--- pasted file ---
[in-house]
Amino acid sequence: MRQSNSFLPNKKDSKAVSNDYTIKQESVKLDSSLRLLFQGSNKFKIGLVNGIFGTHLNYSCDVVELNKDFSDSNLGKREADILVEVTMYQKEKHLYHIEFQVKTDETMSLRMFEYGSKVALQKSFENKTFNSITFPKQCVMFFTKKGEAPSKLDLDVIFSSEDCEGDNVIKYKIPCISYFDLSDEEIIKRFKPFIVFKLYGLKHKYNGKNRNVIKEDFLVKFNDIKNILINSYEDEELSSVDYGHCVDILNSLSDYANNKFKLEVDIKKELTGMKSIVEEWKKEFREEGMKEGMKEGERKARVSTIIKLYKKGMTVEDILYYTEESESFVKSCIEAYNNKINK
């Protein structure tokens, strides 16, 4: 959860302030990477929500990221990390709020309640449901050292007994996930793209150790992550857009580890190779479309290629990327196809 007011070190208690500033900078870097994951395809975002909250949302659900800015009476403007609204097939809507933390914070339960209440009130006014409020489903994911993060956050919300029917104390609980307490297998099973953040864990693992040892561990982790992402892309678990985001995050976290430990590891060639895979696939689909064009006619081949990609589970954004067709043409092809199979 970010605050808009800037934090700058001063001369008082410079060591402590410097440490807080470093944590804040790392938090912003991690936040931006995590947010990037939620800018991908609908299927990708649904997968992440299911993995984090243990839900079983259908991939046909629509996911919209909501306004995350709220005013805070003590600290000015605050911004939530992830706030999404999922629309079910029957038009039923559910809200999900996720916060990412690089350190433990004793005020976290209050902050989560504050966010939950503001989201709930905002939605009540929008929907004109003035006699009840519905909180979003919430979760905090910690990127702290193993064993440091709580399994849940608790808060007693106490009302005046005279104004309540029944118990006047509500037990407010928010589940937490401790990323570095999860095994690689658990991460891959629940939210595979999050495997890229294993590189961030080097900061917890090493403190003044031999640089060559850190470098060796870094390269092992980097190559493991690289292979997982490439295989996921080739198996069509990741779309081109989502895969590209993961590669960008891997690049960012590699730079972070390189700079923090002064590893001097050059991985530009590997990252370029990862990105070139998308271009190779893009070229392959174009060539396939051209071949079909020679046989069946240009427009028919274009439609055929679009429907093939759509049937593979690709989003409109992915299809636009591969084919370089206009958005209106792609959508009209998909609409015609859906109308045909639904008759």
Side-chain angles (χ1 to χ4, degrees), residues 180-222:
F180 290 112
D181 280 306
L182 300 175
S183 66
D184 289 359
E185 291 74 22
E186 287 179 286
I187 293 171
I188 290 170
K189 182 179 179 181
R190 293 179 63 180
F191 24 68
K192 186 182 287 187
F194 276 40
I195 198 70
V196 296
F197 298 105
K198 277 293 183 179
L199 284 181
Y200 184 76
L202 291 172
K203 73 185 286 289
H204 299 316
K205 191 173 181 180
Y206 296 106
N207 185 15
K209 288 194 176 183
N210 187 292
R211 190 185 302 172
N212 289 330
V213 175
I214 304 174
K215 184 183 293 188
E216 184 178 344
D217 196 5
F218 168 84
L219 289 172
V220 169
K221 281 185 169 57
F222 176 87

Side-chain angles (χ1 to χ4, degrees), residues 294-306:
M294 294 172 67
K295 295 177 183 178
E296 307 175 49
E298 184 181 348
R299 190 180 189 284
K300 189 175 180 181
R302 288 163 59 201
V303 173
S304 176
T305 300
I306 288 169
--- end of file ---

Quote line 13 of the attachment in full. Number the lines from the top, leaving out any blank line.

I188 290 170